Sunday, March 02, 2014

Miraculous Metamorphoses: KC Symphony Hindemith, Bartók, Prokofiev

Gone forever, it seems, are the days when the major orchestras of the US and Europe churned out new recordings by the dozens every month for the great labels of the era…Columbia, Deutsche Grammophon, Decca… conducted by the giants of the time. Filling that gap are smaller labels like Reference Recordings who produce a few expertly prepared recordings each year. Lucky for all us recorded music fans, Reference has forged a bond with the Kansas City Symphony culminating in a series of well received recordings. Their newly released 4th (a 5th is “in the can”) collaboration was recorded in February 2012 at the then brand new Kauffman Center for the Performing Arts in Kansas City.

I also have to give the Kansas City Symphony, Reference Recordings and all involved great credit for daring to record major standard repertoire pieces that often have some very heady competition. No unknown composers or works on this latest disc containing three 20th century orchestral showpieces, Prokofiev’s “Love for Three Oranges” Suite, Bartók’s “Miraculous Mandarin” Suite and Hindemith’s “Symphonic Metamorphosis of Themes by Carl Maria von Weber.” The program, titled “Miraculous Metamorphoses”, captures some of the best playing yet heard from the Symphony. The ensemble is crisp and visceral, lyrical when called upon combined with Stern's trademark brisk yet not excessive tempi.

Michael Stern’s very first concert as Music Director included a performance of the Hindemith “Metamorphosis” that wowed the audience. This one is even better with the orchestra's now trademark sparkling winds, burnished brass and ringing, clean percussion. One of Hindemith's more colorful and splashy scores, “Metamorphosis” can easily become mere fluff in the wrong hands. Stern relishes the driving, dancing rhythms of the opening movement (reminding us of its origins as a ballet score) followed soon thereafter by a tender and elegant Andantino 3rd movement. The liner notes describe the “Turandot Scherzo” second movement as “giving the percussion a stunning workout”. The percussion of the Kansas City Symphony are more than up to the task at hand and the sonics let the pitched percussion glow while capturing the deep resonance of the drums.

The clarion horn calls over the chattering winds in the march finale are just breathtaking simply one of those recording moments you just have to put on repeat and relish as long as you can. But do not linger too long, the mad rush to the climax is thrilling and powerful.

The Prokofiev “Love for Three Oranges Suite” verily crackled with wit and snap. The whole set is brisk and fresh and the usual clear Reference Recordings sound highlighted the often clever wind and string detail to advantage. The tender elegance of “The Prince and the Princess” movement was nicely contrasted with its more sardonic suite mates, for example the almost too familiar “March” with its absurd wit. Stern fully realizes “Love for Three Oranges” is a charming and farcical romp full of jesters, witches, royalty and magic but never degenerates into mere silliness. Far from dry and foursquare, this is a fine performance that would stand with my favorite Dorati/London or Marriner/London performances.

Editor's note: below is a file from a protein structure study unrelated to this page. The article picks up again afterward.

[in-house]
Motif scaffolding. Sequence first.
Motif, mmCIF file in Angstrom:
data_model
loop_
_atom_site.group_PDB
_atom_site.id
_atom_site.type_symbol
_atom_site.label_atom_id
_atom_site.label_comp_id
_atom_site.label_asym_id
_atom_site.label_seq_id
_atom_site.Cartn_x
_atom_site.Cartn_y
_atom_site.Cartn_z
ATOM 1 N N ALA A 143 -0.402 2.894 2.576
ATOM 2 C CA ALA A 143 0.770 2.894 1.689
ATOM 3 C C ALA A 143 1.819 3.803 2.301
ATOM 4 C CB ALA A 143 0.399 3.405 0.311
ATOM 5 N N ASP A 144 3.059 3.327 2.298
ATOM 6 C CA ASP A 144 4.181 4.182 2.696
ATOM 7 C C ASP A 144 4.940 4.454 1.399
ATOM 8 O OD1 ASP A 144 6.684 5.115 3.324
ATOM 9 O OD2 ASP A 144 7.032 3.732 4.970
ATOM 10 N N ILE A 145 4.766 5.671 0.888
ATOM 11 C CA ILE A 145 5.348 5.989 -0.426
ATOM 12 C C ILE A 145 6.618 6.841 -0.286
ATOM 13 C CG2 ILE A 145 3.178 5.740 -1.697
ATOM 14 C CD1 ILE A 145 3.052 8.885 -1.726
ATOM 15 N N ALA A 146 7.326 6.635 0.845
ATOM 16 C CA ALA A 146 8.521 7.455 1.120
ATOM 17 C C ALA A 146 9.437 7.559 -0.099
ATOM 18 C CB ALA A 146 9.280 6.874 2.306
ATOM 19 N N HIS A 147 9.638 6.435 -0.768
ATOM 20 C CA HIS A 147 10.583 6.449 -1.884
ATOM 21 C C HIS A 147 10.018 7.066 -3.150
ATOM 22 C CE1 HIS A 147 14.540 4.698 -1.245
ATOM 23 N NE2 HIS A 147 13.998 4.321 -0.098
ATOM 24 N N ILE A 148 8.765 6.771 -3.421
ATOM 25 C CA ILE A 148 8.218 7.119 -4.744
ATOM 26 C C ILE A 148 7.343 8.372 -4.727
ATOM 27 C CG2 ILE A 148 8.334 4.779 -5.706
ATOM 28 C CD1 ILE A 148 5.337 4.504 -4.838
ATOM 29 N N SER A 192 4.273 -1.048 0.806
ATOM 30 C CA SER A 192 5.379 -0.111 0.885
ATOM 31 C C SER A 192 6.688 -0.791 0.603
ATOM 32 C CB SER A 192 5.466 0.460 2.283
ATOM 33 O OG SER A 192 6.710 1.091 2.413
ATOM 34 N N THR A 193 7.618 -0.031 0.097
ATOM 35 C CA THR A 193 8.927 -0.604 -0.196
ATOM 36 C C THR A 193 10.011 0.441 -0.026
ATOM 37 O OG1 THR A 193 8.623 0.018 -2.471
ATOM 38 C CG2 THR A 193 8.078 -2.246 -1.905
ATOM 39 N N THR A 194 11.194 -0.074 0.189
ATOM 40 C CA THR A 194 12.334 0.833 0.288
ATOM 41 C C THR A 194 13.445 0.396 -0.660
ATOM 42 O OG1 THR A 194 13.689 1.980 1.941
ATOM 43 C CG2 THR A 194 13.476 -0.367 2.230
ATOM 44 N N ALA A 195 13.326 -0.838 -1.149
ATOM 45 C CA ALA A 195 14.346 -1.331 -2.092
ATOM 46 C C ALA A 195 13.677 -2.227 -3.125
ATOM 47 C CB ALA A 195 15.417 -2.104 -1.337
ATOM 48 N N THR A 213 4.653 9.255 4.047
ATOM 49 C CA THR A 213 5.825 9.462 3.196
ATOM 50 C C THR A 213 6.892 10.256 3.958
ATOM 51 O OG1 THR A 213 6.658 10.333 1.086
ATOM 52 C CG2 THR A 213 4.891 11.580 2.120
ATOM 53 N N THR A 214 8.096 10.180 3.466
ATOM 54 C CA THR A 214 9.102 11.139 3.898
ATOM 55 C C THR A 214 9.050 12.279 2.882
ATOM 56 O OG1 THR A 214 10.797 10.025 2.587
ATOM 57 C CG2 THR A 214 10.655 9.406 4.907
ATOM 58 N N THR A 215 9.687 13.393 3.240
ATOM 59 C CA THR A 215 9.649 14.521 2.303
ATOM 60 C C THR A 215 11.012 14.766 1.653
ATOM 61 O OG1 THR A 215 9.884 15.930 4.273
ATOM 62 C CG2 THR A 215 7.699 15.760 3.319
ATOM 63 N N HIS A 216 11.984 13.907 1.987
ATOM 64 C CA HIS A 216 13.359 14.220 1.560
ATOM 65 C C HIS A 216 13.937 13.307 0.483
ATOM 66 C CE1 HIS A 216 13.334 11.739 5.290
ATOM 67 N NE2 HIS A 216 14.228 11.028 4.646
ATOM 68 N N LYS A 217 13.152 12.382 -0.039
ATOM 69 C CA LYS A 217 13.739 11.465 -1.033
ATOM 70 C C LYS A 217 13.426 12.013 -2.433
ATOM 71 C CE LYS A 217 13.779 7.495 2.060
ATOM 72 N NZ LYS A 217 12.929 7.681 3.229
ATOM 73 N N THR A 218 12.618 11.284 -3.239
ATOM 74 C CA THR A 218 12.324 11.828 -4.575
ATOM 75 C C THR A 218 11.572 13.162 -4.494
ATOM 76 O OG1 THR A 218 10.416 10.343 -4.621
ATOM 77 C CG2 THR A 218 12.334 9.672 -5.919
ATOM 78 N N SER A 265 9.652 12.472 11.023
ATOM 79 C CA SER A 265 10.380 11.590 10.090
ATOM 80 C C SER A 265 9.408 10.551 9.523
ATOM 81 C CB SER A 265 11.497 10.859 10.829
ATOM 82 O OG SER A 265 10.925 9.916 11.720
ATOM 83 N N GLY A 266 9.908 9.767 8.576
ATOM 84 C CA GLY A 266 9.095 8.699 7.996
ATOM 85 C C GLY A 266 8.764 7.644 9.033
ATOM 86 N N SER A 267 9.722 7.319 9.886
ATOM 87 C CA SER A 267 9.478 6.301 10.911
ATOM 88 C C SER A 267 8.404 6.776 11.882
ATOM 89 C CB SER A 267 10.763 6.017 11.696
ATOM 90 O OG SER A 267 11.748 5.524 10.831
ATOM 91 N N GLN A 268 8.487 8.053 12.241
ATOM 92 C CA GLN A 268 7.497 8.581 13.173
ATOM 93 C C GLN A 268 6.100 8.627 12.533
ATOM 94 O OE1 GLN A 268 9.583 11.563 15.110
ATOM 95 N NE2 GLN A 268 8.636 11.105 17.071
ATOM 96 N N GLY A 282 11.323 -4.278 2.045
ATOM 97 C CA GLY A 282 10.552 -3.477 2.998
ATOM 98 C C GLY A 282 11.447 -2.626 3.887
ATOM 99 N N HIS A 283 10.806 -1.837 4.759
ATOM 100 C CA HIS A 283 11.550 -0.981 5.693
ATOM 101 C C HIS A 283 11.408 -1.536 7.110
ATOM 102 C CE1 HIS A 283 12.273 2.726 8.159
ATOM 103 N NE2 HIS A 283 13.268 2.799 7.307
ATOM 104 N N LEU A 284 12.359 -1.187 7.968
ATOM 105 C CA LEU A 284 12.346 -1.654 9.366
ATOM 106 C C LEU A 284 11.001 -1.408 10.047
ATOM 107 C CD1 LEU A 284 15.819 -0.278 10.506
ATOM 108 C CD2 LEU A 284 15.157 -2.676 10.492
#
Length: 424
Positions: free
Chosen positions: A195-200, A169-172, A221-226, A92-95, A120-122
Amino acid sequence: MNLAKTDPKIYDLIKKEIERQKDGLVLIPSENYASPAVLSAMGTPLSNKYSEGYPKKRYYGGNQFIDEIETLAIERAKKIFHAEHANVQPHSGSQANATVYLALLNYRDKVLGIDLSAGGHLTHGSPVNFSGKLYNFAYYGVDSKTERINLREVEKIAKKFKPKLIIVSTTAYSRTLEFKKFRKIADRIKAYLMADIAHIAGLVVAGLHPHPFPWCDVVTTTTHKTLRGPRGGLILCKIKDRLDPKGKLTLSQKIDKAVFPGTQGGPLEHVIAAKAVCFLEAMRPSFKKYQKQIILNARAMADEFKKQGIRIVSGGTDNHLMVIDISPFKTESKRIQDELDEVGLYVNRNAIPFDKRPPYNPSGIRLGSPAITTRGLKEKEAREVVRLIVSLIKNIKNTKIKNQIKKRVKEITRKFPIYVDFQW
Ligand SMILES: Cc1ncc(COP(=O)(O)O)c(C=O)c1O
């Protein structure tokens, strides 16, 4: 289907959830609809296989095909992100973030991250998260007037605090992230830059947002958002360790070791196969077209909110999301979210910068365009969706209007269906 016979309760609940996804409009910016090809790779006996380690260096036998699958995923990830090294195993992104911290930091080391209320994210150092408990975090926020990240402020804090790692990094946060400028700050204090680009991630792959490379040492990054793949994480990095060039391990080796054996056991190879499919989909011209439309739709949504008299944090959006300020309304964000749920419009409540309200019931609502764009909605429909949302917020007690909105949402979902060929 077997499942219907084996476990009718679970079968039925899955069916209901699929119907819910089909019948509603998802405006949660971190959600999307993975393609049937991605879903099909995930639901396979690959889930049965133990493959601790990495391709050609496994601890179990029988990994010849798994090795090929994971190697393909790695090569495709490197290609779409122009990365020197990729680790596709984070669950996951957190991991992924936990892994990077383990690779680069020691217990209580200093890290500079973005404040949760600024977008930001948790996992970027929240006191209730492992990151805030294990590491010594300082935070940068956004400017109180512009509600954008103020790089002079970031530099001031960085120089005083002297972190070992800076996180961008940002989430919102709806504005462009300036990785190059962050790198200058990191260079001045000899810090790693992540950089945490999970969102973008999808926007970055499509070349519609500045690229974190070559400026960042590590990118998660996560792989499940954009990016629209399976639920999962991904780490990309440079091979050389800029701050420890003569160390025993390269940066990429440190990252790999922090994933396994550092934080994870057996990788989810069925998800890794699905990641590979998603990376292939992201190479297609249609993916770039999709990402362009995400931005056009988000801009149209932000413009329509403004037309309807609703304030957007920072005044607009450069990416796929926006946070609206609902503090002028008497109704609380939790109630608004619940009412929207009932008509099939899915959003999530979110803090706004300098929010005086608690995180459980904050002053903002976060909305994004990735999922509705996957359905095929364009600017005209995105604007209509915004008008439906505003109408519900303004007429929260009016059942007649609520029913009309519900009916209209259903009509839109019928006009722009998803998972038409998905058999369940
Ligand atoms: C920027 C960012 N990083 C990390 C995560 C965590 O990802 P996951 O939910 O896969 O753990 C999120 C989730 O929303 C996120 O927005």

The violent and complex score of the Bartók “Miraculous Mandarin Suite” was breathtakingly realized by Stern and his forces aided by the stellar recording. Note, for example, the clear ting of the tambourine and the rumbling organ pedals making themselves heard through the din of the street in the opening prelude. The seduction games sections are wonderfully sleazy and decadent. The details that Stern and the recording bring into focus are instrumental in setting this mood, not just an end into themselves. The concluding “chase” fugue is bracing and quick, but not too wild, controlled brutality would be a good description. The important, driving percussion is clearly heard along with the gutsy, frantic strings bringing the suite and the program to an exciting close.

Readable, enlightening CD booklets are almost a surprise in this day of skimpy multi-lingual booklets or no information at all when listening to a download or music service. “Miraculous Metamorphoses'” notes by Richard Freed are intelligent and informative and also include bios of Stern, the recording crew, a brief history of the orchestra and a roster of the musicians.

Produced and engineered by two of the recording world's geniuses, David Frost and Keith O. Johnson, “Miraculous Metamorphoses” has an envious pedigree. I noted that the sound on this release, the first from Helzberg Hall in the Kauffman Center, is a bit dryer, cooler and less reverberant than the previous recordings in the cavernous Community of Christ Auditorium. Details abound however, most welcome in the thickly scored Bartók, and you still want to reach out and touch the instruments that seem to be right with you.

Performances that can stand with the best of them and sonics that sound fabulous even on my built-in computer speakers combine for another Reference Recordings/Kansas City Symphony “hit”.

“Miraculous Metamorphoses”
Hindemith, Prokofiev, Bartók
Kansas City Symphony, Michael Stern Music Director and Conductor

Reference Recordings RR-132

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